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A. I had a story that was vaguely similar. It was about a fantastic character, in a fantasy world, who was past his prime. He had gained weight and he was kind of reduced to reenacting past battles in a shopping mall to make a living. I took that idea and thought: What if he was a superhero? From there I asked myself a lot of questions, slowly, over the years. Was the superhero married? Yeah, he’s married. Is she also a superhero? I thought, yeah! And it went from there.

Q. We spoke when you came to Boston to promote “The Incredibles” 14 years ago, and I asked if you were already thinking of doing a sequel. You said if you could come up with something that is to “The Incredibles” what “Toy Story 2” was to “Toy Story,” you would be interested. How did that process go?

A. I already had the core notion that Helen would get the [superhero] assignment rather than Bob, and that Bob would be forced to stay home while Helen was doing the thing that he wishes he was doing. I also knew that I had the unplayed card of [their son] Jack-Jack, that the audience knew he had multiple powers, but the Parrs did not. I thought that was kind of delicious, and knew that any sequel I had would have to deal with it. But the superhero-villain story and the plotty part of it was changing the entire time we were making it. I had a release date, then my original pitch for the villain didn’t work out, so I had a release date and a gun to my head. The core idea of Bob and Helen switching places was always there, but all the other stuff changed.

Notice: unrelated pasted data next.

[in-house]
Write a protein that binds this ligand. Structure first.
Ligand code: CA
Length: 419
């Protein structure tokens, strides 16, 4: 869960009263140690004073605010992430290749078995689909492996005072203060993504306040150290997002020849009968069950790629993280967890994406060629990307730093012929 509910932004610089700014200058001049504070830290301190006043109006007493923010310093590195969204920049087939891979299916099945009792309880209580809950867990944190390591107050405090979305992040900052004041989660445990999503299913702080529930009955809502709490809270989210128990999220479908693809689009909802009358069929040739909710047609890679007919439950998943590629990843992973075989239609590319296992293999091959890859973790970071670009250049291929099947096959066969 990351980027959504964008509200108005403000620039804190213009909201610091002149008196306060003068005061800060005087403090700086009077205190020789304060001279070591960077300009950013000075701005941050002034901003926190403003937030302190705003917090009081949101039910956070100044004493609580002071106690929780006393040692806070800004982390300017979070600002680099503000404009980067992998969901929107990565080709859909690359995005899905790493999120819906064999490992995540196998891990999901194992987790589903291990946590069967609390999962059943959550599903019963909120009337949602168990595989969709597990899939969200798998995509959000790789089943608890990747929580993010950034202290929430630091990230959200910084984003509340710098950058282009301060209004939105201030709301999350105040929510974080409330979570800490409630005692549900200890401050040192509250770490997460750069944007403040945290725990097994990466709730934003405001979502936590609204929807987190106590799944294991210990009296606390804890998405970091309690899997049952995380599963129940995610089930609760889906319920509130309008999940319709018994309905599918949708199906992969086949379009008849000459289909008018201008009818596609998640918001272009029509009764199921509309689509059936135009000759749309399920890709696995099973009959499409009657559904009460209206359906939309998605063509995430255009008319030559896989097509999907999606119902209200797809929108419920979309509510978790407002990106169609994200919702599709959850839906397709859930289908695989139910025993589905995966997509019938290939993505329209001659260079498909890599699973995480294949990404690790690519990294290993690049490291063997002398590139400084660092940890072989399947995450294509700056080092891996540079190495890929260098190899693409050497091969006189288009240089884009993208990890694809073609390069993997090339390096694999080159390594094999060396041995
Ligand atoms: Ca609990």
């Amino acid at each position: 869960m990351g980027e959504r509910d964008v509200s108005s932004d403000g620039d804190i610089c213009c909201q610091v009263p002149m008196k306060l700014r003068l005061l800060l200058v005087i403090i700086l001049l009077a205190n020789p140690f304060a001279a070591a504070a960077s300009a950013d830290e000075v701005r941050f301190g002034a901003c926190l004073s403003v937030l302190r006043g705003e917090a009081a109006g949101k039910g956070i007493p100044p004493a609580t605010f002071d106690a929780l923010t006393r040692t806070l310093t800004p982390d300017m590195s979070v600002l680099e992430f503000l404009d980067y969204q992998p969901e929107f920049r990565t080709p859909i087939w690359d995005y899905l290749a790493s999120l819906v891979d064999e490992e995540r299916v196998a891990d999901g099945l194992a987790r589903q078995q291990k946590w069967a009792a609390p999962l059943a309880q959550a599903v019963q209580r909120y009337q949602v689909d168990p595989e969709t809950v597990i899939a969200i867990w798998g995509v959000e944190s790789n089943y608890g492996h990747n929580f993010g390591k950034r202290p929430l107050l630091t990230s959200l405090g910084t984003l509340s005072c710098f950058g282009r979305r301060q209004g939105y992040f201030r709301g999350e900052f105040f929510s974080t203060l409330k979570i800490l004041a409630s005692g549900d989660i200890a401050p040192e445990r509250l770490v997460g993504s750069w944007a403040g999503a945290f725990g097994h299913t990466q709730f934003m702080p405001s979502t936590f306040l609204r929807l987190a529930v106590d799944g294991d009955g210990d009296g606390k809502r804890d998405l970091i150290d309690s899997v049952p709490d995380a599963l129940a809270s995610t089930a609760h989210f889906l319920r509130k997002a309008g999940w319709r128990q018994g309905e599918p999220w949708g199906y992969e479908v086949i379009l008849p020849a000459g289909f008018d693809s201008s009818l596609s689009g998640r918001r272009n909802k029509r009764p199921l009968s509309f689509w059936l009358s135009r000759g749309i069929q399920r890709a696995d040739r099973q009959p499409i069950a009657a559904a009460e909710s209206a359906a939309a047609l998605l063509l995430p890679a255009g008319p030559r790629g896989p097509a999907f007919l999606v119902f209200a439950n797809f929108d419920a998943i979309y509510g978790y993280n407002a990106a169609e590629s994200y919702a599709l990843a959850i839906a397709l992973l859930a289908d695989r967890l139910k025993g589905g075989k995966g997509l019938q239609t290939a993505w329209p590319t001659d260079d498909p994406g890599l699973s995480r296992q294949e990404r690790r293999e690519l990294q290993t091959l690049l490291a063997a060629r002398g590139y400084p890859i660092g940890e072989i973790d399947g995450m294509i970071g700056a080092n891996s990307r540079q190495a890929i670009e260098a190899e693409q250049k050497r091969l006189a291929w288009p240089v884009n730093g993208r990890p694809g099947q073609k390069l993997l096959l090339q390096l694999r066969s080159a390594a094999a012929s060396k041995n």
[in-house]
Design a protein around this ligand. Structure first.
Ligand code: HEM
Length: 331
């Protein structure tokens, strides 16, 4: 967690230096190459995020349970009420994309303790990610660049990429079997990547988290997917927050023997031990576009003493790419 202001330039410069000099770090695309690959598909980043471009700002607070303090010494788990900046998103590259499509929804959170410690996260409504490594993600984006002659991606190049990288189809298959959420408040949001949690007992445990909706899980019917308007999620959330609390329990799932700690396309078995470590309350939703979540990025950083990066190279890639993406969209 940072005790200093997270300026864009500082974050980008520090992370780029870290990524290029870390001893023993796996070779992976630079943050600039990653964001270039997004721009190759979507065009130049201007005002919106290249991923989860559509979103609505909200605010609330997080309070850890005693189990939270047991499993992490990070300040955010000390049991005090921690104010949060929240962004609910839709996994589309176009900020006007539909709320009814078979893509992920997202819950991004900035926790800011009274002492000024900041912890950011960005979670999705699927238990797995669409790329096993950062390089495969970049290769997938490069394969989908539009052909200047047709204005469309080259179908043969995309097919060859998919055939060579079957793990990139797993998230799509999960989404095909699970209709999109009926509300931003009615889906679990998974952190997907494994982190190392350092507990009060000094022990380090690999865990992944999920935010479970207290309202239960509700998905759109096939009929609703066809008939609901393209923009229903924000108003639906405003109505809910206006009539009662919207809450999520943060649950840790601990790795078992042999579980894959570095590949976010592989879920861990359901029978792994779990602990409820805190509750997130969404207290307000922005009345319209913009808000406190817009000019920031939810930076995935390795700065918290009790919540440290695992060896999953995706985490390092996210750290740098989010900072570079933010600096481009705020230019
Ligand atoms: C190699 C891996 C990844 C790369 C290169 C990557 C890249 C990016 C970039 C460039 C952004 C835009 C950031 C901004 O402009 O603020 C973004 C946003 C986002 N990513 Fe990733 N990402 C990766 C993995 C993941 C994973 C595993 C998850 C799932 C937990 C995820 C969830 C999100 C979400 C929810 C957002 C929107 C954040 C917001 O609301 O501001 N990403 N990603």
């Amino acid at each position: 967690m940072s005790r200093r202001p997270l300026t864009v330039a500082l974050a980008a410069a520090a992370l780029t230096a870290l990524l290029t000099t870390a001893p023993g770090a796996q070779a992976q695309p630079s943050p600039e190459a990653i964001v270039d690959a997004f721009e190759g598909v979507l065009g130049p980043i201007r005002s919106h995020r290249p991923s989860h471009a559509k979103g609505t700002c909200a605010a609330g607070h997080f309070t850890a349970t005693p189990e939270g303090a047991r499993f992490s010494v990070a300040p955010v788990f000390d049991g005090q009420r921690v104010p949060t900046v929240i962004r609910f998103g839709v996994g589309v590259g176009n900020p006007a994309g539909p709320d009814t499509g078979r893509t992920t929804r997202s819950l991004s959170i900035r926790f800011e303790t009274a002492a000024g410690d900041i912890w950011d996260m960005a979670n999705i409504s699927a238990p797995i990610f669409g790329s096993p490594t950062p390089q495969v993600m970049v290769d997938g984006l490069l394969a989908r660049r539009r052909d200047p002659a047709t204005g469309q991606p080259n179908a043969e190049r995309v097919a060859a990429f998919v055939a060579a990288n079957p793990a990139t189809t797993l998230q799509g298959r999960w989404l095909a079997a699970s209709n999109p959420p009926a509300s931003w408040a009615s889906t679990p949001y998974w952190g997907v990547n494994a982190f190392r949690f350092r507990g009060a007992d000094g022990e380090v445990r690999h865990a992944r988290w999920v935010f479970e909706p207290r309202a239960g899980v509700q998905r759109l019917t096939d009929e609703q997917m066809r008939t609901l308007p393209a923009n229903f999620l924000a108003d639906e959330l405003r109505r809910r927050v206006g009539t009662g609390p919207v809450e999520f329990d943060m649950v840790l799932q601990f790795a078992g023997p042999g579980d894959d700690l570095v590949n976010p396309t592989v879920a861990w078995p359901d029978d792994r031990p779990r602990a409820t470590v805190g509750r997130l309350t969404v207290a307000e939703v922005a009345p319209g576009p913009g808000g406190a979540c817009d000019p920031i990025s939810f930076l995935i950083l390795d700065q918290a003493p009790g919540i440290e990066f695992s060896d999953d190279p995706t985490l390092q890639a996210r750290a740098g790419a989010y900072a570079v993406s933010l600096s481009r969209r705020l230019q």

Q. Both of your “Incredibles” films are funny and exciting, but they’re also filled with peril. Do you consciously balance those elements in your head before you write the scripts?

A. No, I think it kind of flows naturally. I always felt that Woody Allen’s serious films were better when they had a little comedy in them. I was more convinced by something like “Crimes and Misdemeanors” than by “Alice” or “Interiors.” I think there’s natural comedy in life, and it feels organic to me. That said, the “Incredibles” movies are meant to be adventures. Most of the adventures I really love have some comedy in them. If you go back to the ’30s and look at “Gunga Din,” there’s a really infectious, almost goofy quality to it, even though it’s epic in scale. I appreciate that. I love it in “Raiders of the Lost Ark,” where the comedy is never excluded, but it never interferes with the danger or the suspense.

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Q. There’s a lot of danger in “Incredibles 2.”

A. You know, you’re always fighting people who assume that animation is for kids. I don’t see it that way; I see it as a way to tell a story. I keep trying to prod Disney into saying that if a kid is under the age of 7, you should think twice before taking them to this movie. Don’t take them just because it’s animated, because some of it is a little intense, and you may want them to be a little bit older before they see it. Of course, some 5-year olds can handle it, but some can’t.

Q. After spending so much time on “Incredibles 2,” have you managed to catch any other films recently?

A. I don’t get to see many when I’m finishing one of my own. But I did see “A Quiet Place” in the theater, and “Blithe Spirit” at home.

Interview was edited and condensed. Ed Symkus can be reached at esymkus@rcn.com.